1st Sunday in Advent
The vision of Isaiah the son of Amoz, which he saw concerning Judah and Jerusalem in the days of Uzzi’ah, Jotham, Ahaz, and Hezeki’ah, kings of Judah.
Isaiah 1:1, RSV
It is impossible to teach without a vision. You have to know where you’re going, so that you can get there. Otherwise, why bother to start out at all?
Visions. Teachers call them lesson plans. They don’t have to be detailed or elaborate, but they do have to point from here to there. Often, just a few words will do.
After choosing which state standards to teach for the day, my lesson plans usually look like this: “Introduce elements of poetry” or “Generate clarifying questions for Hatchet, Ch. 8.”
My principal doesn’t particularly like my lesson plans. “Could you make them more detailed?” she once asked.
I could. But I choose not to. Because lesson plans, like road maps, don’t show everything along the way. They simply indicate a path that goes from here to there.
I visited my family for Thanksgiving. On the 600-mile journey back to the remote school where I teach, I encountered a construction zone that was not shown on the road map. Traffic on the Interstate highway was funneled down to one lane, making harried drivers’ tempers flare. For many miles we inched along, stopping frequently as other drivers, who had disregarded the left-lane-closed-ahead signs squeezed—sometimes belligerently—into our long queue.
If I had known about this construction zone, I would have sought an alternate route. If the construction zone had been marked on the map, I could have avoided it and saved myself a lot of time and aggravation.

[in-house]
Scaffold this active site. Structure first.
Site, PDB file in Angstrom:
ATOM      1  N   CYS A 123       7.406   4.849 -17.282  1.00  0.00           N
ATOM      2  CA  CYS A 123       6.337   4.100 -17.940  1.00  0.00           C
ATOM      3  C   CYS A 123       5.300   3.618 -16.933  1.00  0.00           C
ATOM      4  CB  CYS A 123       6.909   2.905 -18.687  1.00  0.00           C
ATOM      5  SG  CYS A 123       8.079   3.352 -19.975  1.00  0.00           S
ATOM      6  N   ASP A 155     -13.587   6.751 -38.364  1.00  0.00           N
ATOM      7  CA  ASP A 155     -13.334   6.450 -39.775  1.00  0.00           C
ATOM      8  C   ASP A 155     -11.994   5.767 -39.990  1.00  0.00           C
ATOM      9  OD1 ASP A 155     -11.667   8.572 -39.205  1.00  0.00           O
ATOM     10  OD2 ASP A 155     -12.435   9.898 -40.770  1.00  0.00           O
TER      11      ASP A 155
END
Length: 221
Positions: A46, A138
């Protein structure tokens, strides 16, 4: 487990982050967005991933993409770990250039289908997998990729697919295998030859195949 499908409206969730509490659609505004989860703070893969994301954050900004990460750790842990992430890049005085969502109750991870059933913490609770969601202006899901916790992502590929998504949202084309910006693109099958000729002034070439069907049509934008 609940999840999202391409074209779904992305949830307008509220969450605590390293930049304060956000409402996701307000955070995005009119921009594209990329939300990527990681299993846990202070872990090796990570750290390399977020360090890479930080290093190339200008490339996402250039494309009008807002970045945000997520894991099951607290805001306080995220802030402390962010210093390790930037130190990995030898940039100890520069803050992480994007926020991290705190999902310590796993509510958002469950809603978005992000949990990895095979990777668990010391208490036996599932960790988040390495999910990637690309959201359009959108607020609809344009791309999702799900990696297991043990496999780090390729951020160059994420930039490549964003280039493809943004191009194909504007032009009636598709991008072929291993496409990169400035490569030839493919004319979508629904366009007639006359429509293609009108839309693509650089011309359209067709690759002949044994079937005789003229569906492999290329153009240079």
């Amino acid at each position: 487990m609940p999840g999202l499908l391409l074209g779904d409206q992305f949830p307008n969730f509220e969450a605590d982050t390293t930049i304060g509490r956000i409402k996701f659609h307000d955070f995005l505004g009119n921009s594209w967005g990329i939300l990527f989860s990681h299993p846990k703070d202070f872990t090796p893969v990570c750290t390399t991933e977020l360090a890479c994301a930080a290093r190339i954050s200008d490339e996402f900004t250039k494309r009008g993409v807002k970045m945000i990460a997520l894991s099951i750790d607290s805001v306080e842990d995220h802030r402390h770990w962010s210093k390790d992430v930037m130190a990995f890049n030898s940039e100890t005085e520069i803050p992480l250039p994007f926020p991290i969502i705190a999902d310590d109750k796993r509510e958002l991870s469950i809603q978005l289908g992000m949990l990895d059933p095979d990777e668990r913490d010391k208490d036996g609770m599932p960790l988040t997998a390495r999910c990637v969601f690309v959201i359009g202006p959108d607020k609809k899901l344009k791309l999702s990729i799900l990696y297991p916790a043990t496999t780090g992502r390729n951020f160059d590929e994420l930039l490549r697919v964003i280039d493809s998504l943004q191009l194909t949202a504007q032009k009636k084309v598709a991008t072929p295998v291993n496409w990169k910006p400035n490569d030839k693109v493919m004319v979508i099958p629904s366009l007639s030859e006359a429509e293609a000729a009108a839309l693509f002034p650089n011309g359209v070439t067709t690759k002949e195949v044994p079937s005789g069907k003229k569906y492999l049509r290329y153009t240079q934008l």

Unfortunately, teaching is a lot like that construction zone: There are always obstacles that impede progress in the classroom, and there’s no way to predict what those obstacles will be or when they will spring up. I have no way of knowing when F-Boy will choose to start dancing on his desktop. I don’t know when L-Girl will need me to explain a concept three or four times before she finally understands and we can proceed on our journey.
Effective teachers persist in spite of obstacles. Following even the sketchiest of lesson plans, effective teachers can move their students from here to there—or at least make some progress toward the destination. They may have to take an alternate route, but holding their vision firmly in mind, they know where they are going, and they keep leading their students in the right direction, despite obstacles.
Today is the first Sunday in Advent. It begins with a vision. The faithful know where they are going, but they don’t know what obstacles they will encounter along the way. Yet like teachers following lesson plans, those who hold fast to the vision, know that they will reach their desired end.